Whether from a cyber attack, mishandled maintenance or any other reason, your network going down can cost you big. Suddenly you are unable to process payments, access the data you need and, in short, run your business. While network downtime may seem like a minor inconvenience, those idle minutes can really add up. In fact, the costs can be in the tens of thousands of dollars.

Monetary Loss from Downtime
Depending on the causes and length of network downtime, your small business could lose an average of $55,000 per year in revenue. Midsized companies are hit even harder, averaging a loss of $91,000 per year. Though these numbers may be surprising, all the little expenses really do add up. For instance, if your bakery’s system goes down, how will customers buy your cannolis? Now you have an employee being paid to stand at the register and do nothing. Later down the road, you may lose disgruntled customers, and may even have to run a campaign to apologize for the issue, if it persisted for a long time.

On a more technical side, the cause of the outage could also cost you money. If you own your own server and it was damaged or simply is worn out, for instance, you have to pay to have it replaced. That means new hardware and, of course, paying someone to install it. Even if you install it yourself, that’s still time you could be using for more important matters. As you can see, network downtime can easily cost you thousands, especially if it was due to a catastrophic server failure.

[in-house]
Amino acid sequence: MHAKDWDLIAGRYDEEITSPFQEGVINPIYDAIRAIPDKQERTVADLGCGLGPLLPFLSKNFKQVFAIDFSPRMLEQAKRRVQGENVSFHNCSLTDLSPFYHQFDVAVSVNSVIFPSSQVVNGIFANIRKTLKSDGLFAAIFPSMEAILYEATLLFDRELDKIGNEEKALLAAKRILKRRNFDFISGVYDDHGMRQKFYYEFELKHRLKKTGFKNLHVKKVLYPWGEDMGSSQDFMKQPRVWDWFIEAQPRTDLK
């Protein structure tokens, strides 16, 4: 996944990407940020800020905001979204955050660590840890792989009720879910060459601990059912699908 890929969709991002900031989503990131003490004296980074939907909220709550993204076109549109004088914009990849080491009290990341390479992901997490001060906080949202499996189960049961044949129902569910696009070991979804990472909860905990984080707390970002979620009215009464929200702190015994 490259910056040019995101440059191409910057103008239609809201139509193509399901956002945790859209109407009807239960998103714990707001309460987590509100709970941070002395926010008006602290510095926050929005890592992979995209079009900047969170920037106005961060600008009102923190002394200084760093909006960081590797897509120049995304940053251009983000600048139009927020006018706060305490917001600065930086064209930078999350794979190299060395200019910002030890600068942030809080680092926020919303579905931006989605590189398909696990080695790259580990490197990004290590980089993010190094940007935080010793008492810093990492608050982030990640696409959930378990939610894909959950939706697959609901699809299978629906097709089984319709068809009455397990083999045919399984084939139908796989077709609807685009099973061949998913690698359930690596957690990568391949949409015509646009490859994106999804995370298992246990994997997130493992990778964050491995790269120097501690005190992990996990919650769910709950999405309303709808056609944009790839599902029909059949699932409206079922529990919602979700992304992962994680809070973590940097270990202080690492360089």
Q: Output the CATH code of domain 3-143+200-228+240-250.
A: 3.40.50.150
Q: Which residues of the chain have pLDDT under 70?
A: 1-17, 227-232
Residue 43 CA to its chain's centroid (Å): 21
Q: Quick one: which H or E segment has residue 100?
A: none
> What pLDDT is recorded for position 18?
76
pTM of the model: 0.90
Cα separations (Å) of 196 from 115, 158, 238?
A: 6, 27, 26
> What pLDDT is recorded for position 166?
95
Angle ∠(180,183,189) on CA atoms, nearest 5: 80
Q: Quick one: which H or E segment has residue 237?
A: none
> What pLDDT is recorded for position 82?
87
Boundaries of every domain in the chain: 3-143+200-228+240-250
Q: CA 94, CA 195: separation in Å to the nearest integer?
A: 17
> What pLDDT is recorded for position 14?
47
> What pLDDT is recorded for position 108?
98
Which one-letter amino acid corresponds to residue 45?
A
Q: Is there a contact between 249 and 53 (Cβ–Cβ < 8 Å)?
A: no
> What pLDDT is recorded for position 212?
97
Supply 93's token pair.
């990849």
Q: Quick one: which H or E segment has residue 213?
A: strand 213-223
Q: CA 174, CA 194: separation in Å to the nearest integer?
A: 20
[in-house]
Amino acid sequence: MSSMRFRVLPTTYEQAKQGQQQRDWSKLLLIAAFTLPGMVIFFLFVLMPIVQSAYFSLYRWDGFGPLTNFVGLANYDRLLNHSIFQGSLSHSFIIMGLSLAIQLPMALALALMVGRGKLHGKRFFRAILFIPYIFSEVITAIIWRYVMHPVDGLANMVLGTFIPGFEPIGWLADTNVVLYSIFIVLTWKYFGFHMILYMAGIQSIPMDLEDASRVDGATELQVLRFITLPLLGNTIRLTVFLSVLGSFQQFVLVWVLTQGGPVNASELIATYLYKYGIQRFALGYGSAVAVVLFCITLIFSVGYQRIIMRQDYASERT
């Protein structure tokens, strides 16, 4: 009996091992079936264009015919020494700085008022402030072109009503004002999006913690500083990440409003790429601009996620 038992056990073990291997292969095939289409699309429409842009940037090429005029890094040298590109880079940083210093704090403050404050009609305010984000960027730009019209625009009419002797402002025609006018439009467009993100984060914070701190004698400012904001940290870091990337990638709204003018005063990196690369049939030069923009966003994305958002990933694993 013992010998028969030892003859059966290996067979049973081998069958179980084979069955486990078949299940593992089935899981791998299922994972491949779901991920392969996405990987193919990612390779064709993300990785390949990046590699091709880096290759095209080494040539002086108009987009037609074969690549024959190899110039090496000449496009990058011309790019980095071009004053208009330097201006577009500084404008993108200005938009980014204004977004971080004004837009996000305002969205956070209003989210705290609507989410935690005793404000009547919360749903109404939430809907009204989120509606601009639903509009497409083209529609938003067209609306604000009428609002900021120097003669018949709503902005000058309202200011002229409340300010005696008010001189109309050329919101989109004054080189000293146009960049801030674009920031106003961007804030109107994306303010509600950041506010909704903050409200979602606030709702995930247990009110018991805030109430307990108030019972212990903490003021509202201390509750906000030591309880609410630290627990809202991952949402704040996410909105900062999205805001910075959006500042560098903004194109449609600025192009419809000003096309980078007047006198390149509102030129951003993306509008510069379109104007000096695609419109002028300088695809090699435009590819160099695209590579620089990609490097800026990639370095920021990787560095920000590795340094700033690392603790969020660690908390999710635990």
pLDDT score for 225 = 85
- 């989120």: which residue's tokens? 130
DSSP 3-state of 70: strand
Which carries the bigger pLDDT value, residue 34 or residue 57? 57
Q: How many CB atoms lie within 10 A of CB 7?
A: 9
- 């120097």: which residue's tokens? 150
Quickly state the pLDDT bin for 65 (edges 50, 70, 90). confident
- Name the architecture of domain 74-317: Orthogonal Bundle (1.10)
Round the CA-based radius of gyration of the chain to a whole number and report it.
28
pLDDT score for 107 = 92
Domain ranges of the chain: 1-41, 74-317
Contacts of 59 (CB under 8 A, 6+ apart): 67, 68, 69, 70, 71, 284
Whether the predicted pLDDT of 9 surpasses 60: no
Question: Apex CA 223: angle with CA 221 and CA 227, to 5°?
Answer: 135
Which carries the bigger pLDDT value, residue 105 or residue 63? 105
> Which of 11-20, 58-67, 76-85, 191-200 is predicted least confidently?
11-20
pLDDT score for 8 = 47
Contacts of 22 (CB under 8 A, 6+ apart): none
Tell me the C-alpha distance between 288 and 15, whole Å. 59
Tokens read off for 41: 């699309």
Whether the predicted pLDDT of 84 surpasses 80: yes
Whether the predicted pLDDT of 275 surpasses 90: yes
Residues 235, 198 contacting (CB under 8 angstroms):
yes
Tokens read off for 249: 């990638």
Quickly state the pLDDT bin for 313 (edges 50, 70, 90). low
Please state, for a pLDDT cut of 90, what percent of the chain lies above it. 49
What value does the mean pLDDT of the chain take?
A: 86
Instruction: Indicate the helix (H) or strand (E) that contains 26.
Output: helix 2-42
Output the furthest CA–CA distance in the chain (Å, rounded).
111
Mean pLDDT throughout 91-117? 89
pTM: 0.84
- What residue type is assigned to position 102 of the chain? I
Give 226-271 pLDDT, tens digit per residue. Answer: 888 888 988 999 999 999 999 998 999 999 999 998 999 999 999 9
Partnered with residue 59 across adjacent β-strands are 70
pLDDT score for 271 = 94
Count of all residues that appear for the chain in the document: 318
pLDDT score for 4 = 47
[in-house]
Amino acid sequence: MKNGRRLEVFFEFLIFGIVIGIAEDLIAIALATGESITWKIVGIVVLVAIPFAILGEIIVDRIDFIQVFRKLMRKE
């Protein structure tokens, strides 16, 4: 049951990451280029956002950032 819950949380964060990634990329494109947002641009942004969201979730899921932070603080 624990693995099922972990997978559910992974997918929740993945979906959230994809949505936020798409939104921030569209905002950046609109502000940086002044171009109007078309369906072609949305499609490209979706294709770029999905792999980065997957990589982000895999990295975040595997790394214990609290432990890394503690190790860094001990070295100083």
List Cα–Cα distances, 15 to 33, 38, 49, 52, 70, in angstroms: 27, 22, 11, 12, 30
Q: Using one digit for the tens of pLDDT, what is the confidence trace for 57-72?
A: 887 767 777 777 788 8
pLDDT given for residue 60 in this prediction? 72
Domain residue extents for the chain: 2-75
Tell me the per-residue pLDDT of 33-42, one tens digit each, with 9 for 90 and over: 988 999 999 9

Calculating the Cost of Downtime
There are obvious costs for downtime caused by server issues. But to calculate how much lost productivity and other factors are costing you, you’ll need to do a bit of math and guesswork. To calculate the labor cost during downtime, use the following equation:

P x E x R x H

In this equation, P is the number of people affected, while E is the average percentage they were affected (you may need to do some clever estimations here). Then, R is the average cost of employees per hour, while H is the approximate number of hours the outage lasted.

Calculating lost revenue also requires some guesswork. Use this formula:

(G/T) x I x H

In this equation, G is your gross yearly revenue, while T is the total number of annual business hours. I is the percentage impact. This includes transactions, PR issues, lost customers, etc. A higher percentage is worse; use your best estimates here. Finally, H is again the approximate number of hours the outage lasted.

Are You Ready for Downtime?
No matter what you do, downtime will happen, unfortunately. As such, you must have a plan in place to make sure you do not lose too much revenue during these events. Having a highly skilled tech support company to set up and maintain your network is one of the best things you can do. That way, when the network does go down, it can quickly be rebooted and you can be running your business effectively once more.